Please can someone help me with the following questions. We only started learning S1 the week before half term holidays and I was absent for a few lessons. (was ill on mon and tues and that when we have 2 lessons of stats per day) so I don't really understand the tasks ive been set as ive never done stats before . Any help will be much appreciated. Thanks in advance.
Consider the distribution X~N(16,9) to calculate the following probability:
1) P(10<X<12)
Consider the distribution X~N(85,25) to calculate the following probability:
1) P(80<X<100)
2) The value of a if P(X>a) = 0.67
Consider the distribution X~N(15,16) to calculate the following probability:
1) P(16<X<19)
2) The value of a if P(X<a) = 0.975

Aty100
 Follow
 8 followers
 14 badges
 Send a private message to Aty100
 Thread Starter
Offline14ReputationRep: Follow
 1
 30102015 17:21

Kevin De Bruyne
 Follow
 609 followers
 21 badges
 Send a private message to Kevin De Bruyne
 Very Important Poster
Offline21ReputationRep:Very Important Poster Follow
 2
 30102015 17:26
(Original post by Aty100)
x
This page seems to have a few videos on the normal distribution.Last edited by Kevin De Bruyne; 30102015 at 17:29. 
Aty100
 Follow
 8 followers
 14 badges
 Send a private message to Aty100
 Thread Starter
Offline14ReputationRep: Follow
 3
 30102015 17:29
(Original post by SeanFM)
I would suggest getting the textbook, reading through them and attempting the questions and post here with your working if you're stuck 
Kevin De Bruyne
 Follow
 609 followers
 21 badges
 Send a private message to Kevin De Bruyne
 Very Important Poster
Offline21ReputationRep:Very Important Poster Follow
 4
 30102015 17:31
(Original post by Aty100)
I don't have a textbook
See the link in the above post for some videos, or find some if that's not a useful one. 
Aty100
 Follow
 8 followers
 14 badges
 Send a private message to Aty100
 Thread Starter
Offline14ReputationRep: Follow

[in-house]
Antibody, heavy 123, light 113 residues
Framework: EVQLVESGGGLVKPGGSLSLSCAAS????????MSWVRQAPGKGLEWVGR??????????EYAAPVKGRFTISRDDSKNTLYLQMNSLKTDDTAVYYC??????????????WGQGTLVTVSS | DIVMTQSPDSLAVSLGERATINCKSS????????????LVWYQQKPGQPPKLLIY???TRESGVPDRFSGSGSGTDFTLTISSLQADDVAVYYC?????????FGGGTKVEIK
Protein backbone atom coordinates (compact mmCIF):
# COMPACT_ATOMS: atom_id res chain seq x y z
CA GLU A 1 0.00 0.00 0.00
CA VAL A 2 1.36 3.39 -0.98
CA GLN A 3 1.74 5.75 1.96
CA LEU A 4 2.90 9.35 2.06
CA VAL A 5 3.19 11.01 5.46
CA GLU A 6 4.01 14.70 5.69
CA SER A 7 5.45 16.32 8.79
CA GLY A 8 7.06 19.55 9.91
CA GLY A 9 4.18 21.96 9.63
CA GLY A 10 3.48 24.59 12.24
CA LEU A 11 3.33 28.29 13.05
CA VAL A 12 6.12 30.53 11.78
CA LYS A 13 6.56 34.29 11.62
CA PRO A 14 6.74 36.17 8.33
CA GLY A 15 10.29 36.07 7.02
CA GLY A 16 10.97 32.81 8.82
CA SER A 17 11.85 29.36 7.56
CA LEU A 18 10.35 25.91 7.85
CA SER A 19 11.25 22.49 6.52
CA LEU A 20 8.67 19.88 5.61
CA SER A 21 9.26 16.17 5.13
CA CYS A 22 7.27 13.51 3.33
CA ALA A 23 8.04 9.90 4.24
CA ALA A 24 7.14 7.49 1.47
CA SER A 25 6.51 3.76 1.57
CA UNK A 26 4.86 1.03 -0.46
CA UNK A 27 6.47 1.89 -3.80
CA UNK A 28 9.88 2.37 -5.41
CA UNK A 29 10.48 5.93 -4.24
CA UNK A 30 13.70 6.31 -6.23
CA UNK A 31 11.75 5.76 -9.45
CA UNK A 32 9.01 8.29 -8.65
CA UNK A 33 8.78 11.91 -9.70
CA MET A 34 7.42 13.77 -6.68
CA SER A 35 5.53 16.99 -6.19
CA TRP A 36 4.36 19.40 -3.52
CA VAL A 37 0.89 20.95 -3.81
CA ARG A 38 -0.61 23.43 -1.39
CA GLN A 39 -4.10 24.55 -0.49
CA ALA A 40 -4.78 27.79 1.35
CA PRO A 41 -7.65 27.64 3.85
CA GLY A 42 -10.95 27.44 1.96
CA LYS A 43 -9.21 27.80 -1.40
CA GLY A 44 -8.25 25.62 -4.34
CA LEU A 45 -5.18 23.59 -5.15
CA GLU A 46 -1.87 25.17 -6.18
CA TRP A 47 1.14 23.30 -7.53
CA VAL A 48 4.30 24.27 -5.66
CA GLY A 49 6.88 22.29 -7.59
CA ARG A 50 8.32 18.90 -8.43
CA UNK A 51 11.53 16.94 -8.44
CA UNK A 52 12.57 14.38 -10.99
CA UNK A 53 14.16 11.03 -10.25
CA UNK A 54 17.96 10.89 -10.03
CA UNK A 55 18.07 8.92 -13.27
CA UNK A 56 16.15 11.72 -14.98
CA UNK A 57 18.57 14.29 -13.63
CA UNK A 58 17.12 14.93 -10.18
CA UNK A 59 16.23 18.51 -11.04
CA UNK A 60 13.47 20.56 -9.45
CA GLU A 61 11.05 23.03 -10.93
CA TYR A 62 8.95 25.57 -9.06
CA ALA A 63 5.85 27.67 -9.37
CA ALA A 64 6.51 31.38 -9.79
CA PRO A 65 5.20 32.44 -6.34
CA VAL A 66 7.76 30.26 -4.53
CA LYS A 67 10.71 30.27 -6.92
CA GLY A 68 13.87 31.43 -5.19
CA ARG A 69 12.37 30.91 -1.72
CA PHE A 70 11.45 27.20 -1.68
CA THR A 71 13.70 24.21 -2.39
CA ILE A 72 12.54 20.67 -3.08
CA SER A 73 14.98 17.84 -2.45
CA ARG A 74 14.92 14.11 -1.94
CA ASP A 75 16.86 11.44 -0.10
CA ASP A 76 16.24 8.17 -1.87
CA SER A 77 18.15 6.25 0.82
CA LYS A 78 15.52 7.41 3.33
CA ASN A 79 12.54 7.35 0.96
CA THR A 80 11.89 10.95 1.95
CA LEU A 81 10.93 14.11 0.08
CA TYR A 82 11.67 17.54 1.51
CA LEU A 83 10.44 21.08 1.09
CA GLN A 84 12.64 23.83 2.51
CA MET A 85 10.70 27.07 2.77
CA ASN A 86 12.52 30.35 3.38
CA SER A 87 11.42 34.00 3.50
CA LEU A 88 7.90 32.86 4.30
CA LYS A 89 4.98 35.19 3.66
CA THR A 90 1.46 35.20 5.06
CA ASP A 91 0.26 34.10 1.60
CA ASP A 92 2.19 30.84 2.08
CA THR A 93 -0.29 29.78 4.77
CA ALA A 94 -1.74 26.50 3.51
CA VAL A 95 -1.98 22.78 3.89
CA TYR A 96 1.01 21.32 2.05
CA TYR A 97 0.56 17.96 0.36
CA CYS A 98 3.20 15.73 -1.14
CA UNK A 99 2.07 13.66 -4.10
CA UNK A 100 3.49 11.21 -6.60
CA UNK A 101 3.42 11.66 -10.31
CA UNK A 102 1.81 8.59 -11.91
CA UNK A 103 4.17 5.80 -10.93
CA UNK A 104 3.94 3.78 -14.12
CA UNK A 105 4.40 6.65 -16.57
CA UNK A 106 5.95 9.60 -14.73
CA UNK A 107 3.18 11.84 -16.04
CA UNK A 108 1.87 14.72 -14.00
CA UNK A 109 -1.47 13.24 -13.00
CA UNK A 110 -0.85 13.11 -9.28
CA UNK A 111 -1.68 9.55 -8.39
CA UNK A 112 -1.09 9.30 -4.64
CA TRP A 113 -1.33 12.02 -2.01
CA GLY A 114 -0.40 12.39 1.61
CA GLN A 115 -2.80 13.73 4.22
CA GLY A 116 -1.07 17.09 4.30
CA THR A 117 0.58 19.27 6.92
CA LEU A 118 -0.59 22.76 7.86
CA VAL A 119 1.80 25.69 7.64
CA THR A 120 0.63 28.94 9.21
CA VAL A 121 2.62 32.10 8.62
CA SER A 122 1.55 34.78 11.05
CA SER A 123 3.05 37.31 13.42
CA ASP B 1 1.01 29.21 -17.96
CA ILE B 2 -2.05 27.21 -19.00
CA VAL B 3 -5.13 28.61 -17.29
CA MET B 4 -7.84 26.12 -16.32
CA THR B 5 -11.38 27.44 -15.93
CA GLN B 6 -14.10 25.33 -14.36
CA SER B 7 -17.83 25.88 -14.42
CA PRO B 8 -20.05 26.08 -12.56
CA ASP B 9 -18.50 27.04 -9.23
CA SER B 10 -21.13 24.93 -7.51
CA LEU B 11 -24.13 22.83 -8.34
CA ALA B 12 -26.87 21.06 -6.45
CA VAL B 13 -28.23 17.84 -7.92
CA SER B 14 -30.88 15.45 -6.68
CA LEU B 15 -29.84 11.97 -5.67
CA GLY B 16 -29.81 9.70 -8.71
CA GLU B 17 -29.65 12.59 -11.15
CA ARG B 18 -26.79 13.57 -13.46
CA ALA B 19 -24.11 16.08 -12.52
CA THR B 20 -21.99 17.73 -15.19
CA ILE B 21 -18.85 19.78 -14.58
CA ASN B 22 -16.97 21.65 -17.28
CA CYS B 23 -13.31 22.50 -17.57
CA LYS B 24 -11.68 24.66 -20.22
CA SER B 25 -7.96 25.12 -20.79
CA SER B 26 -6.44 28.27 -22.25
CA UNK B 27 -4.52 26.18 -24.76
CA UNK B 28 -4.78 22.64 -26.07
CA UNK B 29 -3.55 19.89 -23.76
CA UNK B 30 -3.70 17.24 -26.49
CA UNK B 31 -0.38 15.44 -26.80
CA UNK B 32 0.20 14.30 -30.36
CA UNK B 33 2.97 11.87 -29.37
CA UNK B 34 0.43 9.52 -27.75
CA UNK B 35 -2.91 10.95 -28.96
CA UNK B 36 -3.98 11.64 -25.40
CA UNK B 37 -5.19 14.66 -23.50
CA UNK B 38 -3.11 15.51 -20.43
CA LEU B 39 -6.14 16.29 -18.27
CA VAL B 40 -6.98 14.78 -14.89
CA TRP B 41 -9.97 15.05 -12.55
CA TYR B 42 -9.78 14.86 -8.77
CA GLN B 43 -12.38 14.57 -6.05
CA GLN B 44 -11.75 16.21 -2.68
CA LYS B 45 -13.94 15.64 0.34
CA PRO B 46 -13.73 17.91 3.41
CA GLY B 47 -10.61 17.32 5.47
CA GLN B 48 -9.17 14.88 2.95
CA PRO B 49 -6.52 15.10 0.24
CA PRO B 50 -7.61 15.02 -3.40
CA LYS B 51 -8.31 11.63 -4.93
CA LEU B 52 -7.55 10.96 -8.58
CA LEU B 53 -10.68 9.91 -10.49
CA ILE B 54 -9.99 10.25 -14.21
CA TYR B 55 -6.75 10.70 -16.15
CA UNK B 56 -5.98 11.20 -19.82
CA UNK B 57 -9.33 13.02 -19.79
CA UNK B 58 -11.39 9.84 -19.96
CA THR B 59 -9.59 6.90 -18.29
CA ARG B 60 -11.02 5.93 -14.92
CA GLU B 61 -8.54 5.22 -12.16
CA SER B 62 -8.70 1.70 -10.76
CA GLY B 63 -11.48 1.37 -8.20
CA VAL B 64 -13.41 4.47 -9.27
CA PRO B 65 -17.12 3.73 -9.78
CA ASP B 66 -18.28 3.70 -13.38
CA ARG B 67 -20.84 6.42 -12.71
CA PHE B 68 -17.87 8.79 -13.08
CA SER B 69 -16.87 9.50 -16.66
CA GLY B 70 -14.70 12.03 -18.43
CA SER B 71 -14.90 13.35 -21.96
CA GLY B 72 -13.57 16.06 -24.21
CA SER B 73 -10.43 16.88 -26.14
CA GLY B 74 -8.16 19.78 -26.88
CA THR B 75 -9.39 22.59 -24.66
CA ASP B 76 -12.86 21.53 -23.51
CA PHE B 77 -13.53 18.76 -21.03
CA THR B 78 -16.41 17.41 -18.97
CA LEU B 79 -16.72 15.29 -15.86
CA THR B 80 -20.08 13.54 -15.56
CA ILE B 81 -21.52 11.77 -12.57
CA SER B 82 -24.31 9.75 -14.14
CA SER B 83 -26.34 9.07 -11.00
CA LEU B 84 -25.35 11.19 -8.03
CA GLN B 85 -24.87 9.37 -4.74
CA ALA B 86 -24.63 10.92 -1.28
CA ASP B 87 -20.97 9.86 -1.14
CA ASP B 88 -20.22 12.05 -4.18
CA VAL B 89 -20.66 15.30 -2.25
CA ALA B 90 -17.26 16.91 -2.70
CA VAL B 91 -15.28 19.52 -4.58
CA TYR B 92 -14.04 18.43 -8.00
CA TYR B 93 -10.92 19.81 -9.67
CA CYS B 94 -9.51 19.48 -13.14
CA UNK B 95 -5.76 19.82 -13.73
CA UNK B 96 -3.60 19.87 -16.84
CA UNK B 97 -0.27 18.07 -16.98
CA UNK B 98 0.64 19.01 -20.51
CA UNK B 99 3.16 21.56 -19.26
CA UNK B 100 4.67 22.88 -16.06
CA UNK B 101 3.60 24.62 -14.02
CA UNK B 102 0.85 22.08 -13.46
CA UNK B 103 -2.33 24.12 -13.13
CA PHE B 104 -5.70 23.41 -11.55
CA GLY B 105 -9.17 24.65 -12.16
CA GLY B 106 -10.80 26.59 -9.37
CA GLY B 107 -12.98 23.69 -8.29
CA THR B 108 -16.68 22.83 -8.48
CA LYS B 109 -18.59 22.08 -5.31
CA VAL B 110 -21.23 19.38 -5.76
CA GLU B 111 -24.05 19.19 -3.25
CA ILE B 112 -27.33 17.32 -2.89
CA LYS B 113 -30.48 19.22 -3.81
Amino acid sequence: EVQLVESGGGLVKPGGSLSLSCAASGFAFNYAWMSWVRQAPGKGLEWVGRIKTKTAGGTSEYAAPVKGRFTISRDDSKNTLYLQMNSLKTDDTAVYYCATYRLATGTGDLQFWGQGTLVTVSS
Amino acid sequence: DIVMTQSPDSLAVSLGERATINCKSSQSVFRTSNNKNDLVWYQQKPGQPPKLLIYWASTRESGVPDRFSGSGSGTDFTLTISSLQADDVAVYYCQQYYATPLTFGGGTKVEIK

5
 30102015 17:33
(Original post by SeanFM)
Get a hold of one if you can, they are really useful.
See the link in the above post for some videos, or find some if that's not a useful one. 
Aty100
 Follow
 8 followers
 14 badges
 Send a private message to Aty100
 Thread Starter
Offline14ReputationRep: Follow
 6
 30102015 17:59
(Original post by SeanFM)
Get a hold of one if you can, they are really useful.
See the link in the above post for some videos, or find some if that's not a useful one.
= P(1016/3 < Z < 1216/3)
= P(2 < Z < 1.33)
now do I do
= 1 P(Z > 1.33)  1  P(Z > 2)
??
I'm stuckLast edited by Aty100; 30102015 at 18:01. 
Kevin De Bruyne
 Follow
 609 followers
 21 badges
 Send a private message to Kevin De Bruyne
 Very Important Poster
Offline21ReputationRep:Very Important Poster Follow
 7
 30102015 18:16
(Original post by Aty100)
so for the first one I did
= P(1016/3 < Z < 1216/3)
= P(2 < Z < 1.33)
now do I do
= 1 P(Z > 1.33)  1  P(Z > 2)
??
I'm stuck
So you have P(2 < Z < 1.33), which can be written as P(Z<1.33)  P(Z<2). Why? You may wish to use a number line to help you.
You can split the range Z < 1.33 into two different regions: 2 < Z < 1.33 (which is what we want) and the rest is Z<2, and combining those two regions together again gives Z <  1.33. So if we express P(2 < Z < 1.33) in terms of P(Z <  1.33) then we would be counting the area 'Z < 2' but we're not interested in that, only the region 2 < Z < 1.33, so that's why it can be written as P(Z<1.33)  P(Z<2). That's just for your information/understanding.
Now the problem is that the tables have values P(Z<z) where z is a positive number, and you have to use properties of the normal distribution when you're dealing with things like P(Z>z) or P(Z<z) (where z is a positive number) or even P(Z>z).
So we've got P(Z<1.33)  P(Z<2) to work out. We need everything to be of the form P(Z<z), where z is a positive number.
So you use two things (one of which you've done already). P(Z<z) = P(Z>z) by symmetry. This is because if you draw the graph it's symmetric around 0.
The other rule that you can use is that P(Z>z) = 1P(Z<z), which you can kind of mean as (if it's not less than z then it's more than z or vice versa). Just like 'if the probability that it's going to rain is 0.2, then the probability that it won't rain is 0.8 (10.2)'.
So you've tried to use both of those things but you've got to keep track of how you do them. 
Aty100
 Follow
 8 followers
 14 badges
 Send a private message to Aty100
 Thread Starter
Offline14ReputationRep: Follow
 8
 30102015 18:19
(Original post by SeanFM)
Good start